The Golden Years? You’ve got to be kidding. Part serious, part comic, these words reflect our ambivalence about aging in the twenty-first century. Is it a blessing or a curse? With refreshing candor and characteristic wit, best-selling author Lillian Rubin looks deeply into the issues of our graying nation, into the triumph of our new longevity, and the pain, both emotional and physical, that lie right alongside it.
Through thought-provoking interviews, research, and unflinching analysis of her own life experience, Dr. Rubin offers us a much needed roadmap for the uncharted territory that lies ahead. In a country where seventy-eight million Baby Boomers are moving into their sixties and economists worry that they’re “the monster at the door” who will break the Social Security bank and trash the economy, where forty percent of sixty-five-year-olds are in the “sandwich generation” taking care of their parents while often still supporting their children, and where Americans eighty-five and older represent the fastest growing segment of the population, we cannot afford to pretend that our expanded old age is just a walk on the sunny side of the street, that “sixty is the new forty,” “eighty the new sixty,” and that we’ll all live happily ever after.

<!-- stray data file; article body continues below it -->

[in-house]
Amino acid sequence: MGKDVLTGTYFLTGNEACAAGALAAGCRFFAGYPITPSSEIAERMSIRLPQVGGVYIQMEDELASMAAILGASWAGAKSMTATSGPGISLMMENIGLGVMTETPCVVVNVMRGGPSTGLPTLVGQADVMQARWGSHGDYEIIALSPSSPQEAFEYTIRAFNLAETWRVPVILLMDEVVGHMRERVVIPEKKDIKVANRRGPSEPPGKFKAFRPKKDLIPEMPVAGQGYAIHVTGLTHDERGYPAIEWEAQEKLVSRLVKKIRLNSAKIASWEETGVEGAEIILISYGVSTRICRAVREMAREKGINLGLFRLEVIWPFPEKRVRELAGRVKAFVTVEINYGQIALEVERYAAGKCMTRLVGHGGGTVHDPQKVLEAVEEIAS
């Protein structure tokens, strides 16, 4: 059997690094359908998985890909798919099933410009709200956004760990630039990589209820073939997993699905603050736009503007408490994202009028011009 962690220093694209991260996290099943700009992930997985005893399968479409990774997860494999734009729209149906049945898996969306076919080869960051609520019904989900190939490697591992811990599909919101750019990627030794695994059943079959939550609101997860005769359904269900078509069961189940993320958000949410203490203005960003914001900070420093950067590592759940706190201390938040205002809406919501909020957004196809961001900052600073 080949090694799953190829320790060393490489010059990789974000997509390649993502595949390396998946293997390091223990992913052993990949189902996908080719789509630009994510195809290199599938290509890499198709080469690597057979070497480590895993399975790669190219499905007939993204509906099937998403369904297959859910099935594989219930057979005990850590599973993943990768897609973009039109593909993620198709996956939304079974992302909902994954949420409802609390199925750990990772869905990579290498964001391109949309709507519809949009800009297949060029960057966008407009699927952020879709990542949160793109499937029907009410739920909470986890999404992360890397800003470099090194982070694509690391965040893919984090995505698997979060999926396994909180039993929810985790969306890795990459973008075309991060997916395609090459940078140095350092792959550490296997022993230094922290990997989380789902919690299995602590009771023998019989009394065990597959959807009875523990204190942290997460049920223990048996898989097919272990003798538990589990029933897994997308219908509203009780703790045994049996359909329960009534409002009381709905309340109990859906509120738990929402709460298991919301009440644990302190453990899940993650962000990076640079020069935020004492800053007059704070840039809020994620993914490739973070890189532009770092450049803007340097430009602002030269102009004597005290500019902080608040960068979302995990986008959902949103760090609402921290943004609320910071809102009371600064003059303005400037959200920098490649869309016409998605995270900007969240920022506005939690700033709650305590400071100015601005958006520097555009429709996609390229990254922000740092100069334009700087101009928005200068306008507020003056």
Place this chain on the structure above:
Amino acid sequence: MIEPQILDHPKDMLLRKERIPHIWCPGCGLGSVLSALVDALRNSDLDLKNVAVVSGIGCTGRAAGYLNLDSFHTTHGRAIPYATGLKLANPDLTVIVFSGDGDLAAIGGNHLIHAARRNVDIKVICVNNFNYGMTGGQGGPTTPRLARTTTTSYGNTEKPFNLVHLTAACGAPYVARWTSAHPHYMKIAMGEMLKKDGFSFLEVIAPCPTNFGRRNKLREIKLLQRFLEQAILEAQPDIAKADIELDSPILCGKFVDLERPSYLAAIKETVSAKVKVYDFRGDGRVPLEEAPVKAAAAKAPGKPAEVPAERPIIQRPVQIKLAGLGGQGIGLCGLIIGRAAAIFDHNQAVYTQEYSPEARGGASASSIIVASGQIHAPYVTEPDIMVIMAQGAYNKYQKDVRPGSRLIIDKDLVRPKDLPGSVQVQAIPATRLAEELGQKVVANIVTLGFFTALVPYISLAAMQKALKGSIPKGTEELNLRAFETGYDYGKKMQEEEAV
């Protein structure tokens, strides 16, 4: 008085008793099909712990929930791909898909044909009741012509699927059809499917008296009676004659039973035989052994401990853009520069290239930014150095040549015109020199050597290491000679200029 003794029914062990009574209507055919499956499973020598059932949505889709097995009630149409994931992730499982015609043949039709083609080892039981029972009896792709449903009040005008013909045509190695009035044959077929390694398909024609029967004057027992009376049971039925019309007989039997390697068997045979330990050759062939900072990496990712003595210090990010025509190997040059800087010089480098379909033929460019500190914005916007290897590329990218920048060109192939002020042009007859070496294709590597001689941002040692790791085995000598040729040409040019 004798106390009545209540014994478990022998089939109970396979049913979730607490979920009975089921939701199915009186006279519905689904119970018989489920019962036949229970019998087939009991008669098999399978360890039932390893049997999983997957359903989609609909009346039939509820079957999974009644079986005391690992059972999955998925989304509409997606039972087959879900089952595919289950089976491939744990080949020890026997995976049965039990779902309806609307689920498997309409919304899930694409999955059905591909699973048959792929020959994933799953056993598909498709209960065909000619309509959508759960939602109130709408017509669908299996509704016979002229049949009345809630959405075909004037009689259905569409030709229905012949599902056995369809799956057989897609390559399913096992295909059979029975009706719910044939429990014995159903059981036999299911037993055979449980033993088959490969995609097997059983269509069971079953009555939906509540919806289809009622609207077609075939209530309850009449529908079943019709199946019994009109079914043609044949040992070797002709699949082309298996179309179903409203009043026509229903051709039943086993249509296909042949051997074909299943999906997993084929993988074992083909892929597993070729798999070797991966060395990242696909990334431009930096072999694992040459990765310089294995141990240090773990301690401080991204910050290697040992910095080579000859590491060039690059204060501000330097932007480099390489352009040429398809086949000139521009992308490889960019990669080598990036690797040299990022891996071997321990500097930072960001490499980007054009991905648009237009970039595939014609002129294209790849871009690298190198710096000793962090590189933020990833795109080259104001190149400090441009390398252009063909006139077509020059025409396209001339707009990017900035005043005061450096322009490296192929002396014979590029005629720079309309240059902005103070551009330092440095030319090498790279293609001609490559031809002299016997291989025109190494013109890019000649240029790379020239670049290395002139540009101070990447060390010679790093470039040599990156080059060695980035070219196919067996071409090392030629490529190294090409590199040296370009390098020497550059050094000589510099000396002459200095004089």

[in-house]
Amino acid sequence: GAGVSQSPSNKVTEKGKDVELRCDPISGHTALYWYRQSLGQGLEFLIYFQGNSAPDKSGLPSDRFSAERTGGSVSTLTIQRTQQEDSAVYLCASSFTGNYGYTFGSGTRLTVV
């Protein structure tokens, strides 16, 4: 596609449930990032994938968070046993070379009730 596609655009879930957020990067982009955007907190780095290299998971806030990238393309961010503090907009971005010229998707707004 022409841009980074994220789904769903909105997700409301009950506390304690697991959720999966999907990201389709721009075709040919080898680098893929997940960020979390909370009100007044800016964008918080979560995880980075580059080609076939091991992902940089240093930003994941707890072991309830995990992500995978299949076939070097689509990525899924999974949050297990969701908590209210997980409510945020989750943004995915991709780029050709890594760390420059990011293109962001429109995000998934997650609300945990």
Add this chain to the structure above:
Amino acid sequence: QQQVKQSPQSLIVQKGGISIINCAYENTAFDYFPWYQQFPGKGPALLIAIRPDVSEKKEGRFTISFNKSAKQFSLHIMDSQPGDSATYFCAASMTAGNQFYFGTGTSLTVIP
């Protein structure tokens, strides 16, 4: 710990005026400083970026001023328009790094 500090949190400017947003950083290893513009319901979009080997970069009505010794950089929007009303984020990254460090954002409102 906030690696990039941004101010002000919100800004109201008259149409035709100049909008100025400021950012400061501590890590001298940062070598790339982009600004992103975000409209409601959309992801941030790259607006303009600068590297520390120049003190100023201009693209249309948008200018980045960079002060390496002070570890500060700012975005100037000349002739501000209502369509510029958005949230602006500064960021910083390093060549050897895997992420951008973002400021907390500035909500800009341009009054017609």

In this wide-ranging book, Dr. Rubin examines how the new longevity ricochets around our social and emotional lives, affecting us all for good and ill from adolescence into senescence. How, she asks, do sixty-somethings fill another twenty, thirty, or more years, post retirement, without a “useful” identity or obvious purpose? What happens to sex as we move through the decades after sixty? What happens to long-cherished friendships as life takes unexpected turns? What happens when at seventy, instead of living the life of freedom we dreamed about, we find ourselves having to take care of Mom and Dad? What happens to the inheritance boomers have come to expect when their parents routinely live into their eighties and and beyond and the cost for their care soars?In tackling the subject of aging over a broad swath of the population, cutting across race, class, gender, and ability, Lillian Rubin gives us a powerful and long-overdue reminder that all of us will be touched by the problems arising from our new longevity. The best hope is to understand the realities we face thoroughly and to prepare—as individuals and as a society—for a long life from sixty on up.